Colour My Forms

For easy copy & paste: Each example on a page of its own.

With the advent of halfways CSS-capable browsers, a whole new game is becoming increasingly popular: Colourful forms. While the new styling possibilities are great news for us control-hungry colour addicts, you should bear in mind that forms are basically information-gathering devices. You want your visitors to fill them out, not admire them. And you certainly don't want to confuse your visitors with fancy forms that are so colourful they don't look like forms any longer. And of course your forms shouldn't do strange things, like change their colours. So here are a few very colourful examples of what not to do.

This page here uses advanced selectors, and they work just fine in Netscape 6. An 'optimised' (dumbed down, actually) version for IEX5 is there.

Opera users will notice that most forms aren't styled at all. According to

Note that while it is possible to style form controls in Opera, you can't make them look like anything other than form controls, eg by setting background color. In this case Opera is in error to the CSS specification, even when that would be in breach with the operating system UI guidelines. We will fix this one day, but we are in no hurry.

It should also be noted that some of these stylesheets make the forms unusable in Netscape 4.x. Use the usual hacks to hide them.

1. Textarea with background

2. Input box with dotted border

IEX5 won't show the nice, dotted border here; it will show a solid border instead. At least it gets the salmon-coloured text right.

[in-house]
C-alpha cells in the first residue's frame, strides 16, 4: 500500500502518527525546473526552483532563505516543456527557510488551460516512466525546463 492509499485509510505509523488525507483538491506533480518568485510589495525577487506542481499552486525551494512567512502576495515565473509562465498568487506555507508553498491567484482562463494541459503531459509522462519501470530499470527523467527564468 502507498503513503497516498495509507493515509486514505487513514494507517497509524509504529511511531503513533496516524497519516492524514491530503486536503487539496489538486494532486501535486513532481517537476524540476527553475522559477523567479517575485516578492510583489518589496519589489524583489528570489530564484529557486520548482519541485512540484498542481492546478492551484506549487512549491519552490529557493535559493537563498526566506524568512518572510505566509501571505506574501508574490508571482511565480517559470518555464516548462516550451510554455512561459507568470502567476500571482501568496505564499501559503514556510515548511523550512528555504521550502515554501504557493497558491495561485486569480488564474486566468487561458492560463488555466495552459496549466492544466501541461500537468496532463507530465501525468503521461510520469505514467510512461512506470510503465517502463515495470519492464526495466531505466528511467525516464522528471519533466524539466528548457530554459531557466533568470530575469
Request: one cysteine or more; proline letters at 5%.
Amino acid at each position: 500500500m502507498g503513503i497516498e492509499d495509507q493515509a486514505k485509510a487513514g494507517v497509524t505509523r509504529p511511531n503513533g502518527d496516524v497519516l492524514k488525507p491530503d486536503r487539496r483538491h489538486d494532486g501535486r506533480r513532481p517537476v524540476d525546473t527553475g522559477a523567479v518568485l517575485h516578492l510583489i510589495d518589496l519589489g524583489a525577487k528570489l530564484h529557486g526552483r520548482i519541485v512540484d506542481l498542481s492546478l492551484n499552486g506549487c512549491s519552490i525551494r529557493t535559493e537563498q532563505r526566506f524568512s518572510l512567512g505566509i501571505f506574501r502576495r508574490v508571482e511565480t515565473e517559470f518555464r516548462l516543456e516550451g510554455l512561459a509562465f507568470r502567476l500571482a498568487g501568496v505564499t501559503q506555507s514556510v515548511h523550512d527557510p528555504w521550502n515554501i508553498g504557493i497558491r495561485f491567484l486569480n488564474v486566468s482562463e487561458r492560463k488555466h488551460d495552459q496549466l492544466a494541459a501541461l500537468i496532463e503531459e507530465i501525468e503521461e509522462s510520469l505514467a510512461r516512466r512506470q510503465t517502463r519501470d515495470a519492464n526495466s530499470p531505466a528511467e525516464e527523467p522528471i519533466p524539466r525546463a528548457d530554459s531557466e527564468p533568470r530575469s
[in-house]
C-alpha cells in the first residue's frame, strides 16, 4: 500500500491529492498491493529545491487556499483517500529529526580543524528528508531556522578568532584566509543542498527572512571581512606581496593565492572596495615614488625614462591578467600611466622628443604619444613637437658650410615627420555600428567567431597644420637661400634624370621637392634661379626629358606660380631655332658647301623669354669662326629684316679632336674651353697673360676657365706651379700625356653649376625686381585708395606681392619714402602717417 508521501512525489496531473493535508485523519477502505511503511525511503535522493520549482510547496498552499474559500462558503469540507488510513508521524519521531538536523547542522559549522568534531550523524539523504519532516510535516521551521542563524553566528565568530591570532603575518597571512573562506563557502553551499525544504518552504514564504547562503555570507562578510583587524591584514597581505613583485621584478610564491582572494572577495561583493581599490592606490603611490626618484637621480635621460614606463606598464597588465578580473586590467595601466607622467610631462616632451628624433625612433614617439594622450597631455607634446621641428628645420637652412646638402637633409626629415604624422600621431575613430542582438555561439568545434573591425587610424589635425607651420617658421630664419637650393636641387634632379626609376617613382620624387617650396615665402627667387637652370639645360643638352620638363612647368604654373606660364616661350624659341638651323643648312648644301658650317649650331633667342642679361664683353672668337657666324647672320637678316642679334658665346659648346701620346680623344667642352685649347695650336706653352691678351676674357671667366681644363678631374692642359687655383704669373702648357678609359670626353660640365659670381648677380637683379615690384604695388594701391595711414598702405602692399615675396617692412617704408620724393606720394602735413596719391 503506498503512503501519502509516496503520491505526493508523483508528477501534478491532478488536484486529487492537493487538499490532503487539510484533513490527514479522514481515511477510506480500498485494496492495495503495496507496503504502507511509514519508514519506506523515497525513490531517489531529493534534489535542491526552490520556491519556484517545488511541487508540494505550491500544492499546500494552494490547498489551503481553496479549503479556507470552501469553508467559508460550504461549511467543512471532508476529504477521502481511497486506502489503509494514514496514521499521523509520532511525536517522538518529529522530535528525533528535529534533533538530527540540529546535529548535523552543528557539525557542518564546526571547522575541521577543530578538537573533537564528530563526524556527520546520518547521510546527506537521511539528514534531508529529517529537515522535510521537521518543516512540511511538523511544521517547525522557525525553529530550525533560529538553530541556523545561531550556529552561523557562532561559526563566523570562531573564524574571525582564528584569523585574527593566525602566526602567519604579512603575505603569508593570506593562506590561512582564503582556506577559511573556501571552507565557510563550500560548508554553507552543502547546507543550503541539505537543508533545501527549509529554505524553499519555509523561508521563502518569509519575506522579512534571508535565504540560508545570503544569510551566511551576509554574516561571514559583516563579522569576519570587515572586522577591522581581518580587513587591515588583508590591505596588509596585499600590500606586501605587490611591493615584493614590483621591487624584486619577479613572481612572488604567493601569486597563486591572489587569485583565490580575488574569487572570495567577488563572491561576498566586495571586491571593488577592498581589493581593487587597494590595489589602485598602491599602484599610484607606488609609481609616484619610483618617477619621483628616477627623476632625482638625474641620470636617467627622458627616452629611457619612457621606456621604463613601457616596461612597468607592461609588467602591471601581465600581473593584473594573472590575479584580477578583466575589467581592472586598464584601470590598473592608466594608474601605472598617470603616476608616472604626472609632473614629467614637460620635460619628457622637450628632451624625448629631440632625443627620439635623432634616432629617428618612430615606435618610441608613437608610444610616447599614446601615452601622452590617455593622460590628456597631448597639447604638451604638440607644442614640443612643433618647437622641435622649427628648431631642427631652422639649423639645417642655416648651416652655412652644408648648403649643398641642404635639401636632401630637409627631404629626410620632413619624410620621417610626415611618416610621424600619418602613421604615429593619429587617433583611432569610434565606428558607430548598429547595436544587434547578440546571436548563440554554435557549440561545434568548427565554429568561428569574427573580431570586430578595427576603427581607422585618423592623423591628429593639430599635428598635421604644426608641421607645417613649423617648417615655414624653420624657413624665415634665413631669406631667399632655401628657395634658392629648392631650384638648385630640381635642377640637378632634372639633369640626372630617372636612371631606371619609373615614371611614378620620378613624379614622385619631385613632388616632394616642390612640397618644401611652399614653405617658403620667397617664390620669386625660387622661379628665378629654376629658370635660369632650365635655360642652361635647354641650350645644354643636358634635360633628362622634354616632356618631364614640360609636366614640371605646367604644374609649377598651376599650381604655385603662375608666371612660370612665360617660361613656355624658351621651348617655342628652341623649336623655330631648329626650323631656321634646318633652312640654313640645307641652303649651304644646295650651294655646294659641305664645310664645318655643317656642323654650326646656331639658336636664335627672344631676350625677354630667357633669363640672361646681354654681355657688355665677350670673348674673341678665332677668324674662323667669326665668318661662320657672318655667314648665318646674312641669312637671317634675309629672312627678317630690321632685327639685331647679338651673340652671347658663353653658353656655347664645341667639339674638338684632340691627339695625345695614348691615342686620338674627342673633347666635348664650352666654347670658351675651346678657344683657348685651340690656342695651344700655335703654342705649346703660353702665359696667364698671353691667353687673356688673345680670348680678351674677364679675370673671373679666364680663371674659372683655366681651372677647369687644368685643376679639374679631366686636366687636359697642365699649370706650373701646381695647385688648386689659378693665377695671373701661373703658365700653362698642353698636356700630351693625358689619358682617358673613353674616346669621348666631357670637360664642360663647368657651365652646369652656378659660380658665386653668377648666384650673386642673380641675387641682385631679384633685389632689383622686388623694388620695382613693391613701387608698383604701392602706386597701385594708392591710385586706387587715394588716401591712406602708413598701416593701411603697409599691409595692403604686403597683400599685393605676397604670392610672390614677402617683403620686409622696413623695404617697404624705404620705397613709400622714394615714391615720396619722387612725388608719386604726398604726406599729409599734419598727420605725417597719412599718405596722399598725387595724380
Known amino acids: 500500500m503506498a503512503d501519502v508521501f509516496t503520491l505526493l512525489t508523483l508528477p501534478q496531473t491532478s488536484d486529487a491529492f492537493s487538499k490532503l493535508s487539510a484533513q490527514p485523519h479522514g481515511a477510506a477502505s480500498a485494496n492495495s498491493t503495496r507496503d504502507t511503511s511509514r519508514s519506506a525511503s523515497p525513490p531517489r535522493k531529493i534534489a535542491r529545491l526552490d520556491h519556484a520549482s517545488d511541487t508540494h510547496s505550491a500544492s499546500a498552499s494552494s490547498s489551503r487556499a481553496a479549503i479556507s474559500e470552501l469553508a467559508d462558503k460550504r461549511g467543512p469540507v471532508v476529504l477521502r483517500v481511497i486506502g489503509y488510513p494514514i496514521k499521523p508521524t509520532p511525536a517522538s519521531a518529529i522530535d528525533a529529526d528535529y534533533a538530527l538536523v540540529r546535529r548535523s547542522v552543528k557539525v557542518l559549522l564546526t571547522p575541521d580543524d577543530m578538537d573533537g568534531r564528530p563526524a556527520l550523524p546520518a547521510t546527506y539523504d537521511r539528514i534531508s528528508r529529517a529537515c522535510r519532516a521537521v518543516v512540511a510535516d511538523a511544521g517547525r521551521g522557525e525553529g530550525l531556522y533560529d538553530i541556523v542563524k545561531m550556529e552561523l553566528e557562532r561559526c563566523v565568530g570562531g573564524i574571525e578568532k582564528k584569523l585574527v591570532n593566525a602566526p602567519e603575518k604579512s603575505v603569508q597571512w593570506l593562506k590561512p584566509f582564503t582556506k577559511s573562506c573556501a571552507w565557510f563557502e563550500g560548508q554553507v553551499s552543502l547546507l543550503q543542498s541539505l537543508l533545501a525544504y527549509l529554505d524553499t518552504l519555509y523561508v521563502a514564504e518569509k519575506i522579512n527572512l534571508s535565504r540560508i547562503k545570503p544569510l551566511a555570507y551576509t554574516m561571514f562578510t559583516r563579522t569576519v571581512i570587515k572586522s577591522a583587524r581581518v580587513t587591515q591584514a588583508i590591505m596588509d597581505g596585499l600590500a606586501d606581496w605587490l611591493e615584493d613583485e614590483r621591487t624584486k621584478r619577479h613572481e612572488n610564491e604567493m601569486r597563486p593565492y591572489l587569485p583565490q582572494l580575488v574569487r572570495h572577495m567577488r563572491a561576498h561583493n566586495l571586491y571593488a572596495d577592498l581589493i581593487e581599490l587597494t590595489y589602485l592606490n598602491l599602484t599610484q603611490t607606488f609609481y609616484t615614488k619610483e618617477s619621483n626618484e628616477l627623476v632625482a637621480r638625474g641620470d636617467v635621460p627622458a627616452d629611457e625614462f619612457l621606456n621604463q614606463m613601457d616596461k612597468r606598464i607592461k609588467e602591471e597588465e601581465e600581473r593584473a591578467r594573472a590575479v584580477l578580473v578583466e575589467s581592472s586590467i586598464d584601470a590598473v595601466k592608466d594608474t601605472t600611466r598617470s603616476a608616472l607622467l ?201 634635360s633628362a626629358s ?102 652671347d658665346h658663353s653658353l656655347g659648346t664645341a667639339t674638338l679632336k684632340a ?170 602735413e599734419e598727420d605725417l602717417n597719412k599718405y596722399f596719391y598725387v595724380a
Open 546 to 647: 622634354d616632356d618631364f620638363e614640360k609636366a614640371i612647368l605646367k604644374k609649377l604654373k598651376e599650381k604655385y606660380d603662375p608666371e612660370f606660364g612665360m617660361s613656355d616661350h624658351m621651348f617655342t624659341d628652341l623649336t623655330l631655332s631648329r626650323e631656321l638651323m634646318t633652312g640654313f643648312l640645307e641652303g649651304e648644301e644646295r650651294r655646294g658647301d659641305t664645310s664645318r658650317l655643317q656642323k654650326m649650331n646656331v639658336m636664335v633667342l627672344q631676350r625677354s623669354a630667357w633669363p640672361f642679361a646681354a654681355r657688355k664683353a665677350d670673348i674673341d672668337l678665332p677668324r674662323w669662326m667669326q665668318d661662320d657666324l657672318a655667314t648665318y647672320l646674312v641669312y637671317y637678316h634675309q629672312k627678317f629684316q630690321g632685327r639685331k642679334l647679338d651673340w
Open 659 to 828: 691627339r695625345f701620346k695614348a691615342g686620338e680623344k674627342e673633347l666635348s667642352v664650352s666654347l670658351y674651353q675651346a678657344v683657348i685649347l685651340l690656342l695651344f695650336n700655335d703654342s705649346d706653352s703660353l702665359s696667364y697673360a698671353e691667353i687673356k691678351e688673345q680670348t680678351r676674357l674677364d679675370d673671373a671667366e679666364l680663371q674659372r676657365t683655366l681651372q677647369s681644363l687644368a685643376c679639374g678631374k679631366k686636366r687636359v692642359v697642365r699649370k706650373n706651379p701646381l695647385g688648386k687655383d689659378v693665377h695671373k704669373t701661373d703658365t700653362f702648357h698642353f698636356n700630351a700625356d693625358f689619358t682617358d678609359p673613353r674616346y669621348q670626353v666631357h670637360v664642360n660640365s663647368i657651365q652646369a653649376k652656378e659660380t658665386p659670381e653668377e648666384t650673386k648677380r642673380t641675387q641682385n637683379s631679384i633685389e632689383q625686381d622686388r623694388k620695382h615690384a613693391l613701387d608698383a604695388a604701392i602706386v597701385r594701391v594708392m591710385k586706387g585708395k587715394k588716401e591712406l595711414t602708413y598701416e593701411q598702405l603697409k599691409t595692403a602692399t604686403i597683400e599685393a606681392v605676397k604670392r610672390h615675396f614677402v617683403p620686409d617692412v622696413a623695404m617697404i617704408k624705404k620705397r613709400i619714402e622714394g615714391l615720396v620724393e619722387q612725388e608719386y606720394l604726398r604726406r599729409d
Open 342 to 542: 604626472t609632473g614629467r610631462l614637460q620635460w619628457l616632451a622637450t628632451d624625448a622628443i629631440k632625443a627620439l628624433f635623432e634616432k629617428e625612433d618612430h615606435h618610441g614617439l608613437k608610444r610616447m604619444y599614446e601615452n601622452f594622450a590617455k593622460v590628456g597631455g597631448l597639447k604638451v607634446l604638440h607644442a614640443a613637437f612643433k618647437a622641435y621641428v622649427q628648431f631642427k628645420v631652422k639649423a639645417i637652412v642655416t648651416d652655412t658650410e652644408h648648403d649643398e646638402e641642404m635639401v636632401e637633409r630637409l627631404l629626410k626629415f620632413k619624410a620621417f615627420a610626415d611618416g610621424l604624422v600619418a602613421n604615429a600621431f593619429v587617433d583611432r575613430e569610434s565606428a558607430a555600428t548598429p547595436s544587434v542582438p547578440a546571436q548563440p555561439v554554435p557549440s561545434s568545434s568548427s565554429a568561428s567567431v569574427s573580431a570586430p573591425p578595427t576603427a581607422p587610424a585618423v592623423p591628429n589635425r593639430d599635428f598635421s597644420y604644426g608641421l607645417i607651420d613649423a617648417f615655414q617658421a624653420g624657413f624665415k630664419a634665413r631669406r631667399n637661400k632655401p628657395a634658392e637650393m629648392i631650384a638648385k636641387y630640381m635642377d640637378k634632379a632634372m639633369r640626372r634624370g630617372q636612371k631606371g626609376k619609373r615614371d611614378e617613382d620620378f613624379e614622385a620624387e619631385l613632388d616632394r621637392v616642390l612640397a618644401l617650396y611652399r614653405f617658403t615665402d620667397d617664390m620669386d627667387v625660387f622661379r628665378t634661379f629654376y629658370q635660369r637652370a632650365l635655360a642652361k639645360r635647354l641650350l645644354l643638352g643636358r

3. Submit button

This standard submit button has a colourful background-image and text. The background-image and the text colour of this button should change on :hover and :focus.

4. Radio buttons

It's hard to see, but the inside of the radio button should be orange, and change to green on :focus. This is done with the background-color. Of course you could also specify a colourful background-image, but it's kinda pointless to put Mona Lisa in such a tight space.


5. Checkboxes

More space to play with! Let's put a 16th century miniature in there! On second thought, a simple textured image will do. Changes on :focus.

Your favourite movie:
The colour purple
The color of money
Colour me stupid

Example 5a: Lisa in a box

Oh, so you absolutely do want to squeeze Mona Lisa inside a checkbox? Go right ahead:

If you use Internet Explorer, you will notice that poor Lisa has a white hole in her beautiful body.

6. Cat in the area

This cat is simply too cute to type all over it, don't you think? By the way, strange things happen if you set background-attachment in Netscape to prevent the image from scrolling, so I had to omit it here. But the default seems to be 'fixed', at least in my version of Netscape 6 the cat doesn't scroll away if you type more than 10 rows of text.

7. Sky form

This form is wrapped in a P element that has a background-image, and colour set to a dark blue. The background-image should also be visible in the select box content.

2000 Summer
2001 Winter
2002 Spring

Of course this is just a start. You could use more complex stylesheets, or use javascript to add a bit more interactivity than CSS has to offer.

© Matthias Gutfeldt, 2001

For example pages like this one, it makes sense to validate the code. And I even bothered to check the stylesheet. Valid XHTML 1.0! Valid CSS!